Computer maker Gateway
said it is making progress on its designs to become a broader provider of information technology products and provided financial guidance in an annual investors meeting Thursday.
In an aggressive move to return to profitability and regain market share, the Poway, Calif. firm said it would roll out 15 new consumer electronics products, four new mobile products, three new systems and networking products (including a four-way server and an external storage device), as well as about 28 new software peripherals and accessories. Specifically, new offerings will include personal digital assistants, digital televisions, rear-projection TVs and a DVD player that can connect to a home network.
The strategy is part of Gateway’s plan to become a “branded integrator” to compete with the other systems vendors, which have been gaining traction despite weak spending. To do that, it must convince the public that it can produce new competitive offerings in addition to the consumer electronics mantle it has grown fond of.
Gateway has already scored a coup in the latter segment. According to NPD Consumer Data, the outfit has already made progress in the consumer electronics arena: its 42-inch plasma screen display has been the country’s best selling plasma TV from its November through February, with more than 7,500 units sold.
, too, is looking to become known more as a systems vendor than a maker of aggressively priced PCs. But Gateway has some catching up to do. The firm launched
its first compact rack-mount servers to run on Intel Xeon processors last month.
Late last year, the company announced its grid computing foray; threw its hat into the burgeoning Tablet PC ring; and like other vendors, partnered with an online subscription services provider to add value for its customers.
Partnering with the world’s largest software maker can only help. Friday the firm agreed with Microsoft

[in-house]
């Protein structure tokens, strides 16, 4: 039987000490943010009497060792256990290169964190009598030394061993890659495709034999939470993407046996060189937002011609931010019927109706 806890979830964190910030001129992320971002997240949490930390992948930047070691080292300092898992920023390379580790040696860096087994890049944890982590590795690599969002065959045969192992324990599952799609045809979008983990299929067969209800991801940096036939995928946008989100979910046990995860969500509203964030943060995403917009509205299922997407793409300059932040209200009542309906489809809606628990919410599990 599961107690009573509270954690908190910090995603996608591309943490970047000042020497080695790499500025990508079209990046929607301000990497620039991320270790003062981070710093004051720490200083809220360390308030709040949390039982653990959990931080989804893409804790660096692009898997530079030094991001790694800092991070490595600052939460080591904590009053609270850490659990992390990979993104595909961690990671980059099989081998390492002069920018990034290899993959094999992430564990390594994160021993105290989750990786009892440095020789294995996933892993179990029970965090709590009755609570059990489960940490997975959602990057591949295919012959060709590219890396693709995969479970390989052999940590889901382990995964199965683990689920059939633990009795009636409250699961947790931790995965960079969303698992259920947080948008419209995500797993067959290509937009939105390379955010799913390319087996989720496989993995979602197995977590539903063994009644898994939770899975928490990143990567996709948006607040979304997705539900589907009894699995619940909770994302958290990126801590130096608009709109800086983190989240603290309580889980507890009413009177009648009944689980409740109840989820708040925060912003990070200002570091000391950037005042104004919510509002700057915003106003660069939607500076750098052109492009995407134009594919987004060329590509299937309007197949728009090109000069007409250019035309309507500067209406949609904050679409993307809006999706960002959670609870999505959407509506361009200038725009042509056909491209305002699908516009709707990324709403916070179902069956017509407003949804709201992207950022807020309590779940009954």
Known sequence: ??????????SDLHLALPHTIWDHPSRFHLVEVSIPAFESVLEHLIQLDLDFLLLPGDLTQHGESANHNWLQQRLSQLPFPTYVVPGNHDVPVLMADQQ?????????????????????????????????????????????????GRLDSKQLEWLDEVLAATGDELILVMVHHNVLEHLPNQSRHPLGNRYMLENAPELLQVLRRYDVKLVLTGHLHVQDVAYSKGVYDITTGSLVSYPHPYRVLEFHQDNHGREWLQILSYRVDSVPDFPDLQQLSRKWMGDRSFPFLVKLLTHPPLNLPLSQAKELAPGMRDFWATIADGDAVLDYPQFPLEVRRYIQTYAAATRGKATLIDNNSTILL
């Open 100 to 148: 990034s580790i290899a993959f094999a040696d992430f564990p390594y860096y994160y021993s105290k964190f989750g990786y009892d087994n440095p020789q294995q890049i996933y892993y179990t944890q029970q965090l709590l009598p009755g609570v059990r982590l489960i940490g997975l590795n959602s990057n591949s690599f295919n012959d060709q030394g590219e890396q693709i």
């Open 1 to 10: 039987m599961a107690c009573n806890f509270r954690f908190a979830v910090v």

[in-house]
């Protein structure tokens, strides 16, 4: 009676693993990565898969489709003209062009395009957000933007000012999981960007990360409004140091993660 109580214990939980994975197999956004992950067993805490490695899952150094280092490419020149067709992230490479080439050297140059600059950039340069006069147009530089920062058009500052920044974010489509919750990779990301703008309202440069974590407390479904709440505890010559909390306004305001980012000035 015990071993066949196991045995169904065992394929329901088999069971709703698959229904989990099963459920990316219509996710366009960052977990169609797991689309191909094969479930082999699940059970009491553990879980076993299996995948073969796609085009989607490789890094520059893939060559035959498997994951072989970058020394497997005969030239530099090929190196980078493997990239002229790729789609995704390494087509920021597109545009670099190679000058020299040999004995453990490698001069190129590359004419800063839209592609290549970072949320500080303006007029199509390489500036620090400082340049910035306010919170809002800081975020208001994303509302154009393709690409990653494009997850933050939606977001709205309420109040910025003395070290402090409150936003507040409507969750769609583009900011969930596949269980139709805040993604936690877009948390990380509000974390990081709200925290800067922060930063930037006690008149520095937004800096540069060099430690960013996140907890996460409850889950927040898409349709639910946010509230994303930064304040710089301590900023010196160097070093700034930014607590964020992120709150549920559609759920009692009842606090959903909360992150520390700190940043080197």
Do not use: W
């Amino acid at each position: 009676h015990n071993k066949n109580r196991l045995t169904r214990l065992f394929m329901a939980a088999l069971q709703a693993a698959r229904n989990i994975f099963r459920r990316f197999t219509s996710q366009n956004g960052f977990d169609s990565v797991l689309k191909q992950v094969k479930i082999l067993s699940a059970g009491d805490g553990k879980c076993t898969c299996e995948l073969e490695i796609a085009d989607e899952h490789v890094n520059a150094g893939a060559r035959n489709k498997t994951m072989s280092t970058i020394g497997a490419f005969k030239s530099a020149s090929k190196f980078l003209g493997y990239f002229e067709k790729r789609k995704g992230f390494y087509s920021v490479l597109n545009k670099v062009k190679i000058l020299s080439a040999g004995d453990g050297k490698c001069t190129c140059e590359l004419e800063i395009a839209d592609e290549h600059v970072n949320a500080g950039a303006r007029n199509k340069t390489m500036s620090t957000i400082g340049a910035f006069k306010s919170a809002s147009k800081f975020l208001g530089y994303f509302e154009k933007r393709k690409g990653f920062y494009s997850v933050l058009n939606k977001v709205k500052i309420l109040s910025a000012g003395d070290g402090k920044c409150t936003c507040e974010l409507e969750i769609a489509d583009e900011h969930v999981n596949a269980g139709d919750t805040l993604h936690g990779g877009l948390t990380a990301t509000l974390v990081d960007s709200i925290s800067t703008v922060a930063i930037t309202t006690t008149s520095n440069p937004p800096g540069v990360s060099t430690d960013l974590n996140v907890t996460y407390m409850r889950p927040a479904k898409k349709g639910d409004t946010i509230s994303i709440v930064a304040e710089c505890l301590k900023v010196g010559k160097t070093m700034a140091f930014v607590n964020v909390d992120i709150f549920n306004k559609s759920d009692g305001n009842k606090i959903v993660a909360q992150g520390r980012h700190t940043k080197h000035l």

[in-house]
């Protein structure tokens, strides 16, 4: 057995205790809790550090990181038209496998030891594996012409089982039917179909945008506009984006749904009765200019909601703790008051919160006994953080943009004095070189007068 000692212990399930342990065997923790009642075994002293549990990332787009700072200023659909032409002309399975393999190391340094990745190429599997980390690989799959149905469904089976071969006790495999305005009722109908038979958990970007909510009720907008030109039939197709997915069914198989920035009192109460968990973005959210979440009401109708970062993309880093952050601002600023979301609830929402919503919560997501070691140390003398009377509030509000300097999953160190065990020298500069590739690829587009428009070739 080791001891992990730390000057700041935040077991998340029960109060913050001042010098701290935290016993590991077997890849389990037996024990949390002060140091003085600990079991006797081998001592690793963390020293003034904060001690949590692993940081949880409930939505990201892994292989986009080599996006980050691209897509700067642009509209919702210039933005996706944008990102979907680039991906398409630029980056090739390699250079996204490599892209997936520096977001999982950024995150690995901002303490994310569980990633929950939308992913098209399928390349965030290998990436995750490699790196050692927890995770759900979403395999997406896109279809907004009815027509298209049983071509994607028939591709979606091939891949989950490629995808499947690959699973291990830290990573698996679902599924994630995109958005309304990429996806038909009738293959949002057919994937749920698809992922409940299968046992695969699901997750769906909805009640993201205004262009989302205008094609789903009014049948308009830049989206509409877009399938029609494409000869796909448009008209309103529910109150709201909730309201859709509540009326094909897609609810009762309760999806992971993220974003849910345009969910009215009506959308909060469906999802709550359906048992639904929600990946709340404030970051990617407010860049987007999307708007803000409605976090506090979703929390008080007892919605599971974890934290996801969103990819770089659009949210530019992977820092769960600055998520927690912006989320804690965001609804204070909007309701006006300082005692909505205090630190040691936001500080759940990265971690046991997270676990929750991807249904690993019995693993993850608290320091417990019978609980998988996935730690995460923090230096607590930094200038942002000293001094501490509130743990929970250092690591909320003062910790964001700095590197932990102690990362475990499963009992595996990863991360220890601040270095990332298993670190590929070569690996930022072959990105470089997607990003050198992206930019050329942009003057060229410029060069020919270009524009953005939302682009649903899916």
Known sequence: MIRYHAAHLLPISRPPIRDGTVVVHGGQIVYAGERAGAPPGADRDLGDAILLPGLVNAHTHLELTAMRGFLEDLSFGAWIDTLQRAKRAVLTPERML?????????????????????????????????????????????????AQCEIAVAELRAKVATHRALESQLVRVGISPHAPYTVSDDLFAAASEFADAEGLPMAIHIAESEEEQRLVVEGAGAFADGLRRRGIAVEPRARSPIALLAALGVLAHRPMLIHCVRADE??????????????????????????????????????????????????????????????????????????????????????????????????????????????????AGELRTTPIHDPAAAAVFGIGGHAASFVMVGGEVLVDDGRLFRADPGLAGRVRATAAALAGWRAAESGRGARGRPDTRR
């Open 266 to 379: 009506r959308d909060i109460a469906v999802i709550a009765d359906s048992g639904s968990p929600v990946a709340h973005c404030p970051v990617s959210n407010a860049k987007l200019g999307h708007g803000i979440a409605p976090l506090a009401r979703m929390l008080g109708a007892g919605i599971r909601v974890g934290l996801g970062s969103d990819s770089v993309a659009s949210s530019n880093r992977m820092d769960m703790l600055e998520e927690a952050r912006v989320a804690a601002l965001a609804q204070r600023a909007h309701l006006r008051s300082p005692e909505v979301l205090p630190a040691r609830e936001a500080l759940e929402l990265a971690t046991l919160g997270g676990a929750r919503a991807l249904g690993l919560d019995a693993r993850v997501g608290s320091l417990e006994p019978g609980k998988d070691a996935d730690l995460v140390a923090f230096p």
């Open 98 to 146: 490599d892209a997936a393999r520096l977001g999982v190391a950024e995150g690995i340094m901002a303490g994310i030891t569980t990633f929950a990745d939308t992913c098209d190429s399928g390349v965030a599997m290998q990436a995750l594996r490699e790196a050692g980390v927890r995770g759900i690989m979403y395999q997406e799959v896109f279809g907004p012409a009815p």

to preload MSN 8 Internet software and MSN 8 dial-up access on all Gateway PCs. Consumers can sign up at Gateway stores to receive a CD to download the software, which includes communications, browsing and enhanced online safety features.
To catch up with the market leaders such as HP, IBM and Dell, Gateway has been furiously streamlining in the last several months, closing retail stores, laying off staff and making other adjustments in an attempt to save itself from extinction. Gateway said its cost-reduction programs are on track to achieve $200 million in annualized cost savings by the fourth quarter of 2003 and $200 million in savings in 2003.
The closing of Gateway Country stores is paving the way for five new pilot retail stores in the third quarter and the concern will remodel existing stores to accommodate its branded integrator strategy this fall.
Gateway reiterated to investors its previous guidance for the second quarter of revenue of $798 million and earnings per share (EPS) of 27 cents. It also confirmed that it is comfortable with the analysts’ consensus of 3Q revenue of $893 million and EPS of ($0.19), and fourth quarter revenue of $964 million and EPS of 9 cents.
Looking forward, Gateway said it hopes to meet gross margin objectives of 18 percent in 2004 and 20 percent in 2005, as well as steadily increasing total revenue of consumer electronics and non-PC revenue goals as 25 percent in 2003, 32 percent in 2004, and 40 percent in 2005. The firm aims to be cash flow positive by Q4 2003 and hold more than $1 billion in cash and marketable securities by year’s end.
“We are rapidly transforming Gateway into a branded integrator of technology
solutions and are making significant progress toward getting our PC business
profitable again,” Gateway chairman and CEO Ted Waitt said in a statement. “We are also on track to achieve substantial cost reductions, to introduce a range of new products, and to remodel our existing stores in an exciting way.”